Cant see the CAA ever allowing Afterburner jets in the UK.

Julien

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It's not the Mach that's the problem, the 'Vixen can and occasionally does Mach 1.3 according to a conversation I had with the driver, albeit out at sea.

The Shack is out of airframe life. IIRC BAe washed their hands of it due to the hours flown, which was way above the lifespan. The CAA would have to sanction a FULL rebuild. BAe no longer consider it a safe to operate airframe and withdrew their tech support and certification. It only flew for so long as the RAF took responsibility for maintenance. Never understand why the FAA let it fly in that condition Stateside.

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If you de-activated the after burner it may have problems getting off the ground...

Ahh, did not realise burner was necessary, just used to get it up quicker or for shorter runways. Oh well, guess I'll buy something with a bigger wing with my millions! LOL

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Not really into jets too much

Wouldn't say no to my own Victor though with my winnings!

I concuur! :-)

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At least two Su-27s made their way into private hands in the USA, albeit used for air combat training with US Air Force Pilots. Ex-Ukrainian I think?

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There are several Venom's in private hands I think. There was a company called Source aviation at Bournemouth airport that had Venom's for sale at about 30 grand each, but that was about 10 years ago now.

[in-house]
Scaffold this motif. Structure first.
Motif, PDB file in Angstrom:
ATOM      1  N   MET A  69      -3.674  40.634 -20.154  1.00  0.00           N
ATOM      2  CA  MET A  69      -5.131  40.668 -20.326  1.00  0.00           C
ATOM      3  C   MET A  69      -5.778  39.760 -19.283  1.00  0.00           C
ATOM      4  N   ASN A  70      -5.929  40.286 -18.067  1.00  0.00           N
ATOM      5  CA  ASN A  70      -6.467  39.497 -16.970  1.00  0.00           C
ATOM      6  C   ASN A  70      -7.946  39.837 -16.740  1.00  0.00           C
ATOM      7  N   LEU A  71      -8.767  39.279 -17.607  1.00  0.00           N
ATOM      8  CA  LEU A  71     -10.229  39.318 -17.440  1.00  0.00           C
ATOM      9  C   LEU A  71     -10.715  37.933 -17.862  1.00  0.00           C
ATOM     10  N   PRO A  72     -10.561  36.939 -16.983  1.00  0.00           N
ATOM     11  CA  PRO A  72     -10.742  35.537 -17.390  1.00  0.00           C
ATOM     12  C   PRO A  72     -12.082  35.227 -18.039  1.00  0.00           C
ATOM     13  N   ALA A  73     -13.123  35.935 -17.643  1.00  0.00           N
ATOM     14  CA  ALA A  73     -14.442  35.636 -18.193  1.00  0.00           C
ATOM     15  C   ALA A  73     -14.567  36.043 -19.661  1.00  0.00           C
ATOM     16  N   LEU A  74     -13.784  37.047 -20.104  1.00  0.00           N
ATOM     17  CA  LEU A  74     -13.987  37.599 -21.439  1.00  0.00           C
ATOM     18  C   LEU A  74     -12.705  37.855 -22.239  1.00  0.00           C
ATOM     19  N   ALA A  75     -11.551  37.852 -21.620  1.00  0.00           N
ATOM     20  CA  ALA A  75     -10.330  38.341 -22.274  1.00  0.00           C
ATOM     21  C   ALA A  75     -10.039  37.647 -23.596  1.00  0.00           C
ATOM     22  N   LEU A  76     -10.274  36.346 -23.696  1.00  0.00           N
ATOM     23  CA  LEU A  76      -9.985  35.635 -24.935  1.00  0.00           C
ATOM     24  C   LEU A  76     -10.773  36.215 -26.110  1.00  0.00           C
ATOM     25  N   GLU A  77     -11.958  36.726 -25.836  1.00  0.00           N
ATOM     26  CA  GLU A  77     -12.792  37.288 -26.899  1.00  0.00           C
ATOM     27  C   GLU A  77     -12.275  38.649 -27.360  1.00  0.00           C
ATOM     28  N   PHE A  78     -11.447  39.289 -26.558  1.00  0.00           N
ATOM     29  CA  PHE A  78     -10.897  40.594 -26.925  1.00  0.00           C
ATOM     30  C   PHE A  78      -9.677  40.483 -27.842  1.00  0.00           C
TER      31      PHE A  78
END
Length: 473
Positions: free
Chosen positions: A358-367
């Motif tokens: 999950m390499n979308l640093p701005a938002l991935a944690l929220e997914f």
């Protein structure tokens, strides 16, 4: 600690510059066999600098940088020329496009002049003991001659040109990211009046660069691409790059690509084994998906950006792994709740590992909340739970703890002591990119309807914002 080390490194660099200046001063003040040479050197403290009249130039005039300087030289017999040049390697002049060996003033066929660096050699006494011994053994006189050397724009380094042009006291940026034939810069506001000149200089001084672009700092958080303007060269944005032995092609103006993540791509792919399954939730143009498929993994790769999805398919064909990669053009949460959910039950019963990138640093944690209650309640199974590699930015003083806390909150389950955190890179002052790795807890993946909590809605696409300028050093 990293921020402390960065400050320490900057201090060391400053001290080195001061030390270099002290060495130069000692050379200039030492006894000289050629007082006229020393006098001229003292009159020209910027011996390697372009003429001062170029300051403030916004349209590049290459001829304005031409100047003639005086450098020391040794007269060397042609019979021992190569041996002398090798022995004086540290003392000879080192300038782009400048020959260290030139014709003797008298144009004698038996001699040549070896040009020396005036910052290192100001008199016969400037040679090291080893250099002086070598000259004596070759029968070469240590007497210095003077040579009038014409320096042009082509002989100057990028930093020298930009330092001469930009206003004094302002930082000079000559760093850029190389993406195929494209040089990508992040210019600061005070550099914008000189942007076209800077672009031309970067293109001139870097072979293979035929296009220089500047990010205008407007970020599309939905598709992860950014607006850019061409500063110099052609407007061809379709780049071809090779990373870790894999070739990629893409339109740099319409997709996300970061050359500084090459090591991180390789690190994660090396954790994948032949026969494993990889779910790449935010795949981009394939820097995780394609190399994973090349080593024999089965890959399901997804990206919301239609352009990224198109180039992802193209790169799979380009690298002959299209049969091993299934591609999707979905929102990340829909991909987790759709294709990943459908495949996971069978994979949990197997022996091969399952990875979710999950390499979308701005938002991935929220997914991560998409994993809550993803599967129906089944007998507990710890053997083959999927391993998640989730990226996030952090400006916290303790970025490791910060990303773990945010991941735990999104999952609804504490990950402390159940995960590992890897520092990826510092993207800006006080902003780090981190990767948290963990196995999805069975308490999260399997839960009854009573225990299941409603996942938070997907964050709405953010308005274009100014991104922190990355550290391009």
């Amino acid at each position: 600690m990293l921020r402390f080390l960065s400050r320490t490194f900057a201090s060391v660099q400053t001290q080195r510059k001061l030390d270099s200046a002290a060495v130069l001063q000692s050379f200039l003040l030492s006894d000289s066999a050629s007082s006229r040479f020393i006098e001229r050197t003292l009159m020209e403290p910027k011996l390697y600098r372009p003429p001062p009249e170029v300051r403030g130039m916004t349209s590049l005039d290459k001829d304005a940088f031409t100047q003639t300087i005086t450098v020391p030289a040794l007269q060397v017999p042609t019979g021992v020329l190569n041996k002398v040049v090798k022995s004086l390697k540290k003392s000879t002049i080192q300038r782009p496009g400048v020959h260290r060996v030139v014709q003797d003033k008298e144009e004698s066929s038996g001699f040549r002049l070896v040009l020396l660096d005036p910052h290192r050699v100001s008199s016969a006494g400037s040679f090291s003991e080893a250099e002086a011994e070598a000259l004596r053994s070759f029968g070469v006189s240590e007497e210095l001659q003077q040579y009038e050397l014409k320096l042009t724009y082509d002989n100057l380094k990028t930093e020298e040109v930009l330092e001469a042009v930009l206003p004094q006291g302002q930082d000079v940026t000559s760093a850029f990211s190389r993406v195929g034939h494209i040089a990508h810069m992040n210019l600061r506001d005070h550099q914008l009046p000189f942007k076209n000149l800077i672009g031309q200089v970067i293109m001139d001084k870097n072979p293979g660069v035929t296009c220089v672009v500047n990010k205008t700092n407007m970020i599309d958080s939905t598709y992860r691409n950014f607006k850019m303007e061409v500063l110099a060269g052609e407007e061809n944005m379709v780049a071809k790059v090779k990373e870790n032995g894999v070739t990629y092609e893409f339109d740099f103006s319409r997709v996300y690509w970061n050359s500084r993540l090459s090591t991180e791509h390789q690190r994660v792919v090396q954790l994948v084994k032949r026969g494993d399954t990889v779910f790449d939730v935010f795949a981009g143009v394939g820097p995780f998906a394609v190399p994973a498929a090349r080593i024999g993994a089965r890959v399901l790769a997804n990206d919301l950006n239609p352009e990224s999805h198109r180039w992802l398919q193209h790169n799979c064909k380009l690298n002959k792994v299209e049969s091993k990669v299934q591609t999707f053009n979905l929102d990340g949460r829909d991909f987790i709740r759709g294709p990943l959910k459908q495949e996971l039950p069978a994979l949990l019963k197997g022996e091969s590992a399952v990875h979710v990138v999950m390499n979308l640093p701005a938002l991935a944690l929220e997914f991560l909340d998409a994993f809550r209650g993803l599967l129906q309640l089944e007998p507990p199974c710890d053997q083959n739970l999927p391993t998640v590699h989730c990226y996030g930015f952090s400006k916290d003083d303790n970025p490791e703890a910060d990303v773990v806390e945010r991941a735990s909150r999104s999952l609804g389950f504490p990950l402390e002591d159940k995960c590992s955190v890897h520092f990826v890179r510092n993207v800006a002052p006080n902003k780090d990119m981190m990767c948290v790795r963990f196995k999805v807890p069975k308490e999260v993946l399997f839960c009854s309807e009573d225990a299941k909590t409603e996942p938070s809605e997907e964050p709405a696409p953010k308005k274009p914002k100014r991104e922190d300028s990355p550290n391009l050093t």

Cheers,

Stuart

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All comes down to the complexity level of the aircraft and weather or not the support to maintain it to the right level is there. A buccaneer falls into the complex category because of the boundary layer control system on the wing and tail, so it needs a higher level of support than the Sea Vixen. Not many companies outside of the RAF that can provide this.

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So, how about a hawk?

Could one theoretically buy a second hand (or even new) Demilitarised Hawk and fly it? has anyone tried?

I would imagine that one could probably buy a Hawk new from BAe as a private individual, they are a training aircraft after all.

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BAe will never sell a military jet to a private individual. Even if the Hawk is only a trainer, it's an aircraft currently in service with the RAF and the RAF would never allow this to happen. Not to mention all the legal issues with the sale of what is after all a military aircraft. The same occurs pretty much everywhere in the world.

In several countries, the air forces are not very keen to let their aircrafts end up in private hands even after retirement. As a result, many of the former military jets flying today came into the country where they are based from abroad.

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Are there any Macchi MB-326 trainers on civil registers anywhere?

With aircraft like the Hunter, Jet Provost and Gnat on civil registers, it does surprise me to not see MB-326s out there as warbirds too.